Big Heads and Short Tempers: Edgar Allan Poe in Context Essay

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Edgar Allan Poe was the epitome of a tormented genius. He possessed uncontrollable and self-inflicted internal problems. In addition, Poe was plagued by external difficulties—some preventable, some not. Most doctors today would pronounce Poe to be bipolar, chronically depressed, and perhaps even OCD. Most people today, and any day, would declare Poe to be self-obsessed and arrogant, or—at the least—snobbish. His personal life would also be considered less than ideal, though how much he was personally responsible for is still unknown (Hutchisson 19). Art, however, often springs from controversy and instability. In fact, Jacqueline Langwith, editor of Perspective on Disease & Disorders: Mood Disorders, notes that “creativity appears to be …show more content…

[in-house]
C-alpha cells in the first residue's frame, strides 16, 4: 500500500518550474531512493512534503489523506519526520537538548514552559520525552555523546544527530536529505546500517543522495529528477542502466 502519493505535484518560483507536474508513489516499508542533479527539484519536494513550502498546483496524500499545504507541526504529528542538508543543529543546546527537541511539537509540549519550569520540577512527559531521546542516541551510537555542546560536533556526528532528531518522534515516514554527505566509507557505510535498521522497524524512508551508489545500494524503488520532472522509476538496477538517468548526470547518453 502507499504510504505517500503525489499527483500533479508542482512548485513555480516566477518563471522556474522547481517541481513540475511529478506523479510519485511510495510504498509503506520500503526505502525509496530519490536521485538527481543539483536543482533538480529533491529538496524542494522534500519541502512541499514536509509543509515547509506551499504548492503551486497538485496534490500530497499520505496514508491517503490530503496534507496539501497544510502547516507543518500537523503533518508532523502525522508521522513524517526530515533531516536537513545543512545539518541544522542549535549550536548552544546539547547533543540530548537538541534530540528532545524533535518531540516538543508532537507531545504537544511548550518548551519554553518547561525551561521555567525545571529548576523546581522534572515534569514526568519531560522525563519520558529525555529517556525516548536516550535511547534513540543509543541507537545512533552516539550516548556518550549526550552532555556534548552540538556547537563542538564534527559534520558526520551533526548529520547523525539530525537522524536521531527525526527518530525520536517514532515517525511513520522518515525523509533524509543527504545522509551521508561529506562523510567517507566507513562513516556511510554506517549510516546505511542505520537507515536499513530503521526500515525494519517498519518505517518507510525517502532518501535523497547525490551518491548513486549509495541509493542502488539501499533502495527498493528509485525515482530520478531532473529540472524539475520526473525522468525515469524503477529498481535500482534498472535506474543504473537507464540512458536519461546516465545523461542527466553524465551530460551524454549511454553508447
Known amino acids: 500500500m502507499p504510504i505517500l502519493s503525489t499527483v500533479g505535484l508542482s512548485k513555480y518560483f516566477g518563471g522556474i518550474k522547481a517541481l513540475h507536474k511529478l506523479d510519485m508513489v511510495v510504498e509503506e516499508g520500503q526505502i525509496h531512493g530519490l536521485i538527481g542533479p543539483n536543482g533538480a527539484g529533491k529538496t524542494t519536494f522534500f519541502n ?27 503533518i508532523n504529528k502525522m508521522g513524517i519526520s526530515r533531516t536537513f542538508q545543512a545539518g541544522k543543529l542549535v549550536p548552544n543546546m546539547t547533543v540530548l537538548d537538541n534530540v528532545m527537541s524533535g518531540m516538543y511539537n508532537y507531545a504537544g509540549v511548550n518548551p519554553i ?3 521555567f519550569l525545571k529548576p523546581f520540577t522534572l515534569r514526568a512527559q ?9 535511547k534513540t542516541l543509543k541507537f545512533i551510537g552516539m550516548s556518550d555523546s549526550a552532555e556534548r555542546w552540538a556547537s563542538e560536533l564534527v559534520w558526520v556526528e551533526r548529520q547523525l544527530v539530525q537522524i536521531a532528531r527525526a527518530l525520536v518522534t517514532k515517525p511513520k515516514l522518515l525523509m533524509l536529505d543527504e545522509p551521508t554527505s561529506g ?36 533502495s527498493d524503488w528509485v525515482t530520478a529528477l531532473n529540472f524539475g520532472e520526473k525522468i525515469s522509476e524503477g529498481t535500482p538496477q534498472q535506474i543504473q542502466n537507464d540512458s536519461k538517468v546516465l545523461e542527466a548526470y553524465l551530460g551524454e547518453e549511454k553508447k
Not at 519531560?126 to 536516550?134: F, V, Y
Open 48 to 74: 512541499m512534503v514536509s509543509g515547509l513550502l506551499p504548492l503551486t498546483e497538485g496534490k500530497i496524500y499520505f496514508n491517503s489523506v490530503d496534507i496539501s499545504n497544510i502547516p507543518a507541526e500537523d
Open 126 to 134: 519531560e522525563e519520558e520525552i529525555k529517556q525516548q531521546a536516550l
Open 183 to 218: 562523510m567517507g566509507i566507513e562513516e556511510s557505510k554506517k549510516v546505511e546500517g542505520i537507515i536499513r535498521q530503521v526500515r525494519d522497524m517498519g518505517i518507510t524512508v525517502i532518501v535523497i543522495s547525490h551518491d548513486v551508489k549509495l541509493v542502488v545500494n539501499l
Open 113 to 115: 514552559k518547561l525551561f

However, the most revealing aspect of Poe's psychology comes not from the themes, but from the function words. Function words include pronouns, articles, and conjunctions. Professor Pennebaker of Texas University at Austin found that “Depressed people use the word “I” much more often than emotionally stable people” (Pennebaker). Interestingly, many of Poe's best known works were written in first-person, including “The Cask of Amontillado.” First-person pronouns permeate every paragraph. Every sentence, emotion, and perspective come from the view of the narrator. Fortunato is often referred to as “my friend” rather than by his name. After Fortunato is confined in the catacombs and begins to shout at Montressor, Poe writes “I reapproached the wall. I replied to the yells of him who clamored. I re-echoed—I aided—I surpassed them in volume and strength. I did this, and the clamorer grew still.” In less than three lines, Poe uses the word “I” six times. Instead of simply saying “I re-echoed, aided, and surpassed them in volume,” he begins every action with the focus on nothing besides himself. However, Poe's use frequent use of first-person helps make his stories unique. Poe's depression influenced his tone in writing “The Cask of Amontillado.” Poe's prideful nature also played into“The Cask of Amontillado.” Interestingly, his pride played itself out in both helpful and hurtful ways. On the one hand, “Poe was nothing if not

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